Now Jacob heard that he had defiled his daughter Dinah. But his sons were with his livestock in the field, so Jacob held his peace until they came. And Hamor the father of Shechem went out to Jacob to speak with him. (Gen 34:5-6)
Under normal circumstances, one would expect the patriarch to lead the response to such a shocking action, as Abraham himself does when Lot is captured in Genesis 14. But Jacob does nothing. He just waits. The narrative begs the question, “What is he waiting for?” The answer remains elusive. The fact that Jacob “held his peace” implies an unhelpful level of passivity, which is highlighted by the much more understandable reaction of Dinah’s brothers:
The sons of Jacob had come in from the field as soon as they heard of it, and the men were indignant and very angry, because he had done an outrageous thing in Israel by lying with Jacob’s daughter, for such a thing must not be done. (Gen 34:7)
No details are supplied of how news reached the brothers, but it is clear that Jacob has taken no steps to communicate with them, and as a result, Hamor is intercepted by Dinah’s siblings, rather than Jacob himself. As Hamor attempts to negotiate both the marriage of Shechem to Dinah, and wider settlement treaties, “The sons of Jacob answered Shechem and his father Hamor deceitfully, because he had defiled their sister Dinah” (Gen 34:13). What happens next is fairly gruesome: the brothers trick Shechem into circumcising himself and persuading the rest of the men in the city to do the same in the hope of long-term economic benefit. We pick up events in verse 25:
On the third day, when they were sore, two of the sons of Jacob, Simeon and Levi, Dinah’s brothers, took their swords and came against the city while it felt secure and killed all the males. They killed Hamor and his son Shechem with the sword and took Dinah out of Shechem’s house and went away. The sons of Jacob came upon the slain and plundered the city, because they had defiled their sister. (Gen 34:25-27)
Their father’s response to all this is disturbing:
Then Jacob said to Simeon and Levi, “You have brought trouble on me by making me stink to the inhabitants of the land, the Canaanites and the Perizzites. My numbers are few, and if they gather themselves against me and attack me, I shall be destroyed, both I and my household.” But they said, “Should he treat our sister like a prostitute?” (Gen 34:30-31)
Once again, patriarchal attitudes are certainly present in the text. But where they raise their ugly heads (in Hamor, Shechem and Jacob), they are presented in a very dim light. The unanswered question of Simeon and Levi at the close of the chapter highlights a very real issue, and makes clear that even though their response is brutal in the extreme, it evokes more sympathy than the inaction (and lack of care) shown by Jacob for the vulnerable Dinah.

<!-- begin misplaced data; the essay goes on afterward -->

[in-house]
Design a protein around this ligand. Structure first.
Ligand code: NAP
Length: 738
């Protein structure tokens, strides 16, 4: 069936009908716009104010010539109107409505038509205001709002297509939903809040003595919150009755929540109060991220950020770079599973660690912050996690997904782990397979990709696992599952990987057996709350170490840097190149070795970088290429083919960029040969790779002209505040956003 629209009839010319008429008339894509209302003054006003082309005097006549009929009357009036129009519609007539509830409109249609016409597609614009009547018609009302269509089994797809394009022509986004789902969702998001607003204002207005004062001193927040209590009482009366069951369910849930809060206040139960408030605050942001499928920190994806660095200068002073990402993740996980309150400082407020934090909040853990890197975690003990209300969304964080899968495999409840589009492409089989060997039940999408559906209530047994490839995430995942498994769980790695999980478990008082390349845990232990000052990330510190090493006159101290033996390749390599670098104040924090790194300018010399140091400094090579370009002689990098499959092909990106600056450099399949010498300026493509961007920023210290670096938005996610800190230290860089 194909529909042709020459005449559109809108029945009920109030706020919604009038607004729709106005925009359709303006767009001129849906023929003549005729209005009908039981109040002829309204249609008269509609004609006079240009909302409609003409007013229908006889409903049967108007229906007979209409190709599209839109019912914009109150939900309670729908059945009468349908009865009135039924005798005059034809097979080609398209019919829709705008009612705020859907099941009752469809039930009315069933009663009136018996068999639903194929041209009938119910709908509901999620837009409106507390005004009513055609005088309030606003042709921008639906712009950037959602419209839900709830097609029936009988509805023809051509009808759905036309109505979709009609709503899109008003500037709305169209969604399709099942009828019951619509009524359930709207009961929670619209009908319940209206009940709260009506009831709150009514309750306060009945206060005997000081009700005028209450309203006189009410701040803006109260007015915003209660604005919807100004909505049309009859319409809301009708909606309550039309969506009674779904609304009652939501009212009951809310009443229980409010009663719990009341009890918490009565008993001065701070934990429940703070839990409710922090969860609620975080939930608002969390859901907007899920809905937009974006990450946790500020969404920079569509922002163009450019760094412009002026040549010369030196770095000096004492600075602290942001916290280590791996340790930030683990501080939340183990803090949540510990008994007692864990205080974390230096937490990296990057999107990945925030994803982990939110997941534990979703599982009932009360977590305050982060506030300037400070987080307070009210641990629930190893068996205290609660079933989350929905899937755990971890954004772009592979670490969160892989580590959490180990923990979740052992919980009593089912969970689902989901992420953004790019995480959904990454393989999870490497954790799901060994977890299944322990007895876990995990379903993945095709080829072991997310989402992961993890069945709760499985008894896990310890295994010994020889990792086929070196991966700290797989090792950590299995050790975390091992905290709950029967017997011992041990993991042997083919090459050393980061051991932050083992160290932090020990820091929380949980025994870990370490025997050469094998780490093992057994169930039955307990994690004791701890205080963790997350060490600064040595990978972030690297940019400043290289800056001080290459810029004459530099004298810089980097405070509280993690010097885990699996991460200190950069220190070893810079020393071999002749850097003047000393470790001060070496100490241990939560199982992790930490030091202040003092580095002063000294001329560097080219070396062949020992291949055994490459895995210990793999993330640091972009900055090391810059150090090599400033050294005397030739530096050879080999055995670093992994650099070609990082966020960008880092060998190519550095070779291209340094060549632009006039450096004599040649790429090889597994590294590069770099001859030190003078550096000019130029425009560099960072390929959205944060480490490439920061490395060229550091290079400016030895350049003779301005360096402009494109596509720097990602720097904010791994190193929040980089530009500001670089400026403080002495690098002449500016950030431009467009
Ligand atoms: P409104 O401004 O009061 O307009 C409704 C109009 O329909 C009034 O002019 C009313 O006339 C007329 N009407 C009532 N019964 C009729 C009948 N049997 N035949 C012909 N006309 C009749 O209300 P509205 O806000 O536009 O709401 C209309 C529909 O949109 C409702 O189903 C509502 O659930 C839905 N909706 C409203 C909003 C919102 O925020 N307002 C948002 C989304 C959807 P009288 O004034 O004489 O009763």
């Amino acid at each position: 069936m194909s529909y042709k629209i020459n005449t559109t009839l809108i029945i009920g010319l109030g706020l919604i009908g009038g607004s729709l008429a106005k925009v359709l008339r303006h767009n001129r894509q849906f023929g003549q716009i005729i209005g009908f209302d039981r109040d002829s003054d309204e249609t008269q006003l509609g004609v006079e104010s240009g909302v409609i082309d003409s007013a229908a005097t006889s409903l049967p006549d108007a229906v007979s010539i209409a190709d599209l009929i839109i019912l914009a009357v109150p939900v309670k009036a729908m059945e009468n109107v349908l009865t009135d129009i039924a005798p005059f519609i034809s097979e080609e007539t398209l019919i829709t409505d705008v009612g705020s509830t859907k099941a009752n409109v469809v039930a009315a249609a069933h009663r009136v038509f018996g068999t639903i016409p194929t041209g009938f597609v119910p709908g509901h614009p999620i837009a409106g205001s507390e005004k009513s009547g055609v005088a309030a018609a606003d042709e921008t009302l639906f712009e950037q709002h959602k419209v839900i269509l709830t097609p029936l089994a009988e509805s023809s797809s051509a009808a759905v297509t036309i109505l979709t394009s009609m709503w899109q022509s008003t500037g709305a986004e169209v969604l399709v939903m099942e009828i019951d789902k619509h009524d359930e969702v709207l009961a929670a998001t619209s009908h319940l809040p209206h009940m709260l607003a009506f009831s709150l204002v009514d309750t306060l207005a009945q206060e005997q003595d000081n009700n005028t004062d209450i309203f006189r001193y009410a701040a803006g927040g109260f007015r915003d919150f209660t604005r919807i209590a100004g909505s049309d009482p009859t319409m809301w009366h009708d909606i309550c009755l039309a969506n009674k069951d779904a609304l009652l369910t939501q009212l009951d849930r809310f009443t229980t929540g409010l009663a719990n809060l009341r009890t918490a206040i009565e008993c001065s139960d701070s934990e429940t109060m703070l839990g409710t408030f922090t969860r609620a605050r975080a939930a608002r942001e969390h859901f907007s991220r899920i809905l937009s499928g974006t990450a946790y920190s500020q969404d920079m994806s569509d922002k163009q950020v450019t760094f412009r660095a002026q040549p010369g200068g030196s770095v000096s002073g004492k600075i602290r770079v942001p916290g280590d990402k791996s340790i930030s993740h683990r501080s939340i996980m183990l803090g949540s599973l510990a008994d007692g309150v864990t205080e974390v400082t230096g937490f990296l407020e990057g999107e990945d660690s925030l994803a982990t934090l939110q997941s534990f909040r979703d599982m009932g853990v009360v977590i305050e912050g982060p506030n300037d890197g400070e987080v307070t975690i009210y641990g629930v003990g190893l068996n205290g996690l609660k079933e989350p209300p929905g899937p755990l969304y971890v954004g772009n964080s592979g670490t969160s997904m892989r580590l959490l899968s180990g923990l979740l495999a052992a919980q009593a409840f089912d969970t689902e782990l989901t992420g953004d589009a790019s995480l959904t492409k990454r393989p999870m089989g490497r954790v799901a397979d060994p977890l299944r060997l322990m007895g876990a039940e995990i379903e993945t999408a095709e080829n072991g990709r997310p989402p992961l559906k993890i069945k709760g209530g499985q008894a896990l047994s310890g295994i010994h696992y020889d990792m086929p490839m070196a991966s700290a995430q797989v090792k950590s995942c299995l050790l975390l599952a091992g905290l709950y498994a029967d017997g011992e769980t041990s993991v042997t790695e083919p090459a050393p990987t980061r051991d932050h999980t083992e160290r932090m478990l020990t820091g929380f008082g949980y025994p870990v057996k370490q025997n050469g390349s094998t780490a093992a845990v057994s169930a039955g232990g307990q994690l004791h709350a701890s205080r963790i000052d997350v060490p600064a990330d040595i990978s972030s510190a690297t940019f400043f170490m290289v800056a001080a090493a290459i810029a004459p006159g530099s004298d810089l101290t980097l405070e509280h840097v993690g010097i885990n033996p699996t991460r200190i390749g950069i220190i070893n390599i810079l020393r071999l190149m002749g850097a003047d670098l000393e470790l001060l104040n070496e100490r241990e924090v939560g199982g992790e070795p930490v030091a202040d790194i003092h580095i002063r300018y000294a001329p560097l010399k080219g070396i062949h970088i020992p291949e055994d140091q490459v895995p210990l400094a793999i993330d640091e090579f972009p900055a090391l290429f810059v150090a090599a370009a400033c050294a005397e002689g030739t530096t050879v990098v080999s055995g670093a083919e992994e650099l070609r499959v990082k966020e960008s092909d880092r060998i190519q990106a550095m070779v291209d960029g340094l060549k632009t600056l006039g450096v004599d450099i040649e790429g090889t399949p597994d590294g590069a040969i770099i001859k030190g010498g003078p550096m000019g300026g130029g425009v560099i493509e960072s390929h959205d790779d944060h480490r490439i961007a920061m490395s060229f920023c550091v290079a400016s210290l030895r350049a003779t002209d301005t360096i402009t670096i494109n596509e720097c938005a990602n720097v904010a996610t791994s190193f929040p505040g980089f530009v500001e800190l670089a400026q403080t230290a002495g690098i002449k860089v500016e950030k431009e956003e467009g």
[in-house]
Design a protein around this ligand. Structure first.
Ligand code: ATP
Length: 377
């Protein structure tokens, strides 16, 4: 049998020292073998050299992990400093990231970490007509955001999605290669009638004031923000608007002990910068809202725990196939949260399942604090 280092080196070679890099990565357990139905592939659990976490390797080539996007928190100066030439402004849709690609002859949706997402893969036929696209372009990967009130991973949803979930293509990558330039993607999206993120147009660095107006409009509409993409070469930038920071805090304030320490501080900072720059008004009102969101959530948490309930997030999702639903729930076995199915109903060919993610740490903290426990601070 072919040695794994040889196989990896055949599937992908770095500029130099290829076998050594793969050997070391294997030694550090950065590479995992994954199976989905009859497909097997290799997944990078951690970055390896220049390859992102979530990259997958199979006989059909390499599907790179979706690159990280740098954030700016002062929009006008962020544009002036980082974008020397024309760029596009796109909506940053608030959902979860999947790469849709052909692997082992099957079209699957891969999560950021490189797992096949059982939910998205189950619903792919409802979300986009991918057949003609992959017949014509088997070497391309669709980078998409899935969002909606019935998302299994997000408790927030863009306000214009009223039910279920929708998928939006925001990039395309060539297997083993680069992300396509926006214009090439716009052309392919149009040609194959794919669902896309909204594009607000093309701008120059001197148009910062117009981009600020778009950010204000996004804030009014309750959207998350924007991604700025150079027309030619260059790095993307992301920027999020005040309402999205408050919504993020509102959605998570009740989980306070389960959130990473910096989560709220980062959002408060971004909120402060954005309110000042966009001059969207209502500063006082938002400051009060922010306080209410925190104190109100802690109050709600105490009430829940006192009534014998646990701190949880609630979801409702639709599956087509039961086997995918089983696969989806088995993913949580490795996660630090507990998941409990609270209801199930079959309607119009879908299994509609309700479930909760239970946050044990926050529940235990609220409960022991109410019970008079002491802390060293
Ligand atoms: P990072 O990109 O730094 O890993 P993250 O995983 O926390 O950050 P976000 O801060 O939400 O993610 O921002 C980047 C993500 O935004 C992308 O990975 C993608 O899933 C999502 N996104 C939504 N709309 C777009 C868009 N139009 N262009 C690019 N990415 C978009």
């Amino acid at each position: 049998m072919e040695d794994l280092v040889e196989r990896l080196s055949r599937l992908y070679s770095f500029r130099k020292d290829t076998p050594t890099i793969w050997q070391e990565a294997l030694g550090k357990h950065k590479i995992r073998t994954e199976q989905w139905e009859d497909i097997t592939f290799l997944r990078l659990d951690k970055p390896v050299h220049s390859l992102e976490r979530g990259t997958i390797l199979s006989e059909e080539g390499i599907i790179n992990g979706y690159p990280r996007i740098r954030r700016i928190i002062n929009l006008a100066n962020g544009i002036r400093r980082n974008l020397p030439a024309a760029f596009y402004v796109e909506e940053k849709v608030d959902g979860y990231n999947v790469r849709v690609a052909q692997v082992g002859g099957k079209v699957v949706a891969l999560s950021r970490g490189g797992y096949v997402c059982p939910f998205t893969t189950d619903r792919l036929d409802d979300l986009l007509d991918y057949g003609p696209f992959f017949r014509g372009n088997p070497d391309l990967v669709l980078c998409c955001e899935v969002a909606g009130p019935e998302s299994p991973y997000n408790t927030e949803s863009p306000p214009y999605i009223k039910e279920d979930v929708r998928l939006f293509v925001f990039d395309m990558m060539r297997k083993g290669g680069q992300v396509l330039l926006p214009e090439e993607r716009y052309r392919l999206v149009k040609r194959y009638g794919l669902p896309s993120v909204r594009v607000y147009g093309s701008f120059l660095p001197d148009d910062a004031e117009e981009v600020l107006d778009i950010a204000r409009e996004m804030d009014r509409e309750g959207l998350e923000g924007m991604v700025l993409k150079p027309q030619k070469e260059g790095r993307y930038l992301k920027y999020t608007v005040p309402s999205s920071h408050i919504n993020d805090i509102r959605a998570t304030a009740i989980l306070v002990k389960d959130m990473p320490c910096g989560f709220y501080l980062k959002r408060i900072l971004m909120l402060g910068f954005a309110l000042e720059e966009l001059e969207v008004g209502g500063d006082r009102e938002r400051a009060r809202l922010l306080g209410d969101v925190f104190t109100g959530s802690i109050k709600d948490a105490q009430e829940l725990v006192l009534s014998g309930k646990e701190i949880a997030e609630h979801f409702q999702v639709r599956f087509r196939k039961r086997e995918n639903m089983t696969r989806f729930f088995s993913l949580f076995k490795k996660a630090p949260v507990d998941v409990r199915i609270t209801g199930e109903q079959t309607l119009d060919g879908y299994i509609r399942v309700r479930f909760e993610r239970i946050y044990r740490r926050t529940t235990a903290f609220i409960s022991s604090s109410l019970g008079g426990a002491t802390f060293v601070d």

Jacob in the narrative is self-protective, uncaring, weak, self-interested and self-preoccupied—which in turn, led to terrible outcomes for Dinah, the Shechemites, and, no doubt, had a damaging effect on his sons. He is portrayed in a terrible light, and his inaction is a subtle call to care for the vulnerable, the disadvantaged and the weak, and to purse justice in a way that is based on and which aims for right relationships. Which brings us to the final episode in Genesis 38.
4. Judah, Onan and Tamar: Do as I say, not as I do
The primary reason for inserting the events involving Judah and Tamar in Genesis 38 (where it interrupts the story of Joseph at a key moment) is to shine a spotlight on the tribe of Judah (as in Genesis 49:6). This chapter is a strong theological hint that, despite the important of Joseph as an individual, his primary contribution to the unfolding drama of God’s rescue is to keep the line of promise going by rescuing his brothers (and Judah in particular). But that doesn’t exhaust the significance of the chapter. It also provides the final piece of evidence that Genesis reflects a view of men and women that is profoundly critical of the prevailing attitudes that could be summed up as patriarchy.
The story begins with an unflattering picture of Judah, fourth son of Jacob, which is vaguely reminiscent of Shechem in Genesis 34:
Judah saw the daughter of a certain Canaanite whose name was Shua. He took her and went in to her, and she conceived and bore a son, and he called his name Er. She conceived again and bore a son, and she called his name Onan. Yet again she bore a son, and she called his name Shelah. Judah was in Chezib when she bore him. (Gen 38:2-5)
The lack of detail given implies that Judah was primarily driven by physical attraction or desire. (The language is reminiscent of Genesis 3. See also the Potiphar’s wife incident, and David and Bathsheba in 2 Samuel 11.) Although, given the fact the verbs are extremely common, it is hard to demonstrate a direct correspondence.
When Er was of age, Judah arranged a marriage for him. The verdict on Er is as blunt as it is opaque: “But Er, Judah’s firstborn, was wicked in the sight of the Lord, and the Lord put him to death” (Gen 38:7). In the first place, Judah does the right thing and encourages Onan to do what was later codified in Deuteronomy 25:5ff, and which subsequently cause much angst for Henry VIII—but that’s another story: “Then Judah said to Onan, “Go in to your brother’s wife and perform the duty of a brother-in-law to her, and raise up offspring for your brother” (Gen 38:8). But this ended badly too, as he contrived to deprive his sister-in-law of a child: “And what he did was wicked in the sight of the Lord, and he put him to death also” (Gen 38:10).
At this point, Judah’s self-interest kicks in: